Matter of Will of Johnson

Annotate this Case

351 So. 2d 1339 (1977)

In the MATTER OF the Last WILL and Testament of Clinton M. Johnson, Deceased. Mrs. Willie Mae C. JOHNSON v. Mrs. Marilyn ROBINSON, Executrix of the Estate of Clinton M. Johnson, Deceased.

No. 50101.

Supreme Court of Mississippi.

November 16, 1977.

*1340 George G. Williamson, Mendenhall, for appellant.

Willis T. Matthews, Magee, for appellee.


WALKER, Justice, for the Court:

This is an appeal from the Chancery Court of Simpson County, Mississippi, wherein the chancellor dismissed Mrs. Willie Mae C. Johnson's renunciation of the will of her late husband, Clinton M. Johnson. The sole question presented is whether the agreement executed by the appellant, Mrs. Willie Mae C. Johnson, on May 12, 1972, not to renounce her husband's will is binding on her.

The record shows that Clinton M. Johnson and Mrs. Willie Mae C. Johnson were married on July 9, 1971, in Simpson County, Mississippi. Mrs. Johnson was sixty years of age at the time of the trial and had only an eighth grade education. Mr. Johnson had been married twice before, the last marriage being dissolved by divorce in 1970. On May 12, 1972, Mr. Johnson picked up Mrs. Johnson at the Dog'N Suds, where she worked, and carried her to the office of his attorney where Mrs. Johnson was requested to and did sign a prepared contract which prohibited her from renouncing and contesting Mr. Johnson's last will and testament. Mrs. Johnson had no prior notice that such a request would be made of her. As consideration for this promise, Mr. Johnson was to provide in his will that Mrs. Johnson would receive a life estate in the homestead property and other considerations which were not named. That same day, Mr. Johnson executed his last will and testament devising a life estate in the homestead to Mrs. Johnson with the remainder in the homestead to his daughter by a previous marriage, Mrs. Marilyn Robinson, as well as any residue of his estate to Mrs. Robinson.

Mississippi Code Annotated section 91-5-25 (1972) provides that a husband or wife may renounce the will of another. However, proper contracts not to renounce are enforceable. Sadler v. Lee, 232 Miss. 349, 98 So. 2d 863 (1957).


The appellant testified that she did not, prior to the execution of the agreement not to renounce the will, nor did she thereafter receive any consideration for the contract except the provision in her husband's will *1341 that she was to have a life estate in the homestead property. Her testimony in this regard went uncontradicted and she was not cross-examined on this question. The appellee meets this by contending that since the contract recited that there were other considerations besides the life estate devised to the widow that the appellant could not show by parol evidence that there was in fact no other consideration and that the appellant is bound by the recitation in the contract. However, that rule of exclusion does not apply to evidence of failure of consideration. In the case of Meyer v. Casey, 57 Miss. 615 (1880), this Court addressed itself to that point:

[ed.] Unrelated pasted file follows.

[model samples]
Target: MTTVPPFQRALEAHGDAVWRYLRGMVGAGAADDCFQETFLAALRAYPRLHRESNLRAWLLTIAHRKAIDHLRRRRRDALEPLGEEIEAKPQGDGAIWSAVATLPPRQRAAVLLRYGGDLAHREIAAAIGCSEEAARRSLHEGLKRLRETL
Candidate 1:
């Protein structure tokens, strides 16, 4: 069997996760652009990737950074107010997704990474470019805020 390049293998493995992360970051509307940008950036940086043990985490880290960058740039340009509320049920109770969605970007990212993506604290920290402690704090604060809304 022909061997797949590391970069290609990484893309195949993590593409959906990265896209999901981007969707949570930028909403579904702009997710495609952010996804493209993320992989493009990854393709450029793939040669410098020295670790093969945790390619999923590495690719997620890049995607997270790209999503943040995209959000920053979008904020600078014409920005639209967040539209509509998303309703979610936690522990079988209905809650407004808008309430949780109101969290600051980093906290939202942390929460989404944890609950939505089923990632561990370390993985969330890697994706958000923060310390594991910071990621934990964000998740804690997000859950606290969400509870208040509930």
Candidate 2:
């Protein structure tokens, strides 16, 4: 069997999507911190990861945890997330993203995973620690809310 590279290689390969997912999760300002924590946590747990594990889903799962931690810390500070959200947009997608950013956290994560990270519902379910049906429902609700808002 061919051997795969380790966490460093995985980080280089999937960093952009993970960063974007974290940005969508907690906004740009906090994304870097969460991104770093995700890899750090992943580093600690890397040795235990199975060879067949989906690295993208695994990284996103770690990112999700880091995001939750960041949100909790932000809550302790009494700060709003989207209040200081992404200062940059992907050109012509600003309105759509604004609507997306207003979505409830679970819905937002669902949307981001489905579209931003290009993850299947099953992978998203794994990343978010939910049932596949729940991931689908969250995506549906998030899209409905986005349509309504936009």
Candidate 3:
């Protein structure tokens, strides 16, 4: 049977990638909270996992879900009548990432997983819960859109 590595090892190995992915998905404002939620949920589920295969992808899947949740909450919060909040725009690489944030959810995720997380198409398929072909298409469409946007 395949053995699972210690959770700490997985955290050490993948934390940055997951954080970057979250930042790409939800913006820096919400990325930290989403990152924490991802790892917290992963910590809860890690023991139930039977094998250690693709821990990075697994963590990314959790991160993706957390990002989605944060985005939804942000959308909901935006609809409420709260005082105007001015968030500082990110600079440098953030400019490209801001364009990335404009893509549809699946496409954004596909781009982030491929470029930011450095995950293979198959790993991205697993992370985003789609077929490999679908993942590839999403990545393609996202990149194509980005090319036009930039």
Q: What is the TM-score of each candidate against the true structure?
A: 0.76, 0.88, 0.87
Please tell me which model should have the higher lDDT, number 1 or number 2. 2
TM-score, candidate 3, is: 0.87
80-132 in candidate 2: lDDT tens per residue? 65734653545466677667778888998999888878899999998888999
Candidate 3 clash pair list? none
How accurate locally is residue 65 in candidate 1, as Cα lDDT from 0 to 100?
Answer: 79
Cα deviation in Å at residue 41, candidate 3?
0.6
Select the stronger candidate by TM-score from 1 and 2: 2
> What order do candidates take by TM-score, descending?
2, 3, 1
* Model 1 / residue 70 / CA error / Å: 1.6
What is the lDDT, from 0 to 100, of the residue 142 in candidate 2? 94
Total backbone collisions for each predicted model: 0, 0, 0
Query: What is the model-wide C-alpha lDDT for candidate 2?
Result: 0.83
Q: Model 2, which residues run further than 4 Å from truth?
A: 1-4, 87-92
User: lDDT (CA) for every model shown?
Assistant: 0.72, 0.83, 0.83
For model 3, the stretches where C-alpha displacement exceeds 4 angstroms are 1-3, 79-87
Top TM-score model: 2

The consideration of [for] the bill of sale of the cotton wholly failed as to Casey. The written instrument recites a consideration, and it is claimed that it is not allowable to contradict the writing in this respect. The rule of exclusion does not apply to evidence of failure of consideration. It is not admissible to vary by parol the terms of a valid written instrument. If it has a valid existence, it must stand as the sole expositor of the terms of the contract it evidences; but it is allowable to show by parol that the writing never had validity, or, that having had a legal existence, it has for some reason ceased to be operative. (Id. at 617.)

See also 20 Am.Jur. Evidence § 1112 (1939).

We therefore hold that the chancellor properly admitted parol evidence to show that there was in fact no consideration other than the devise to the widow of a life estate in the homestead.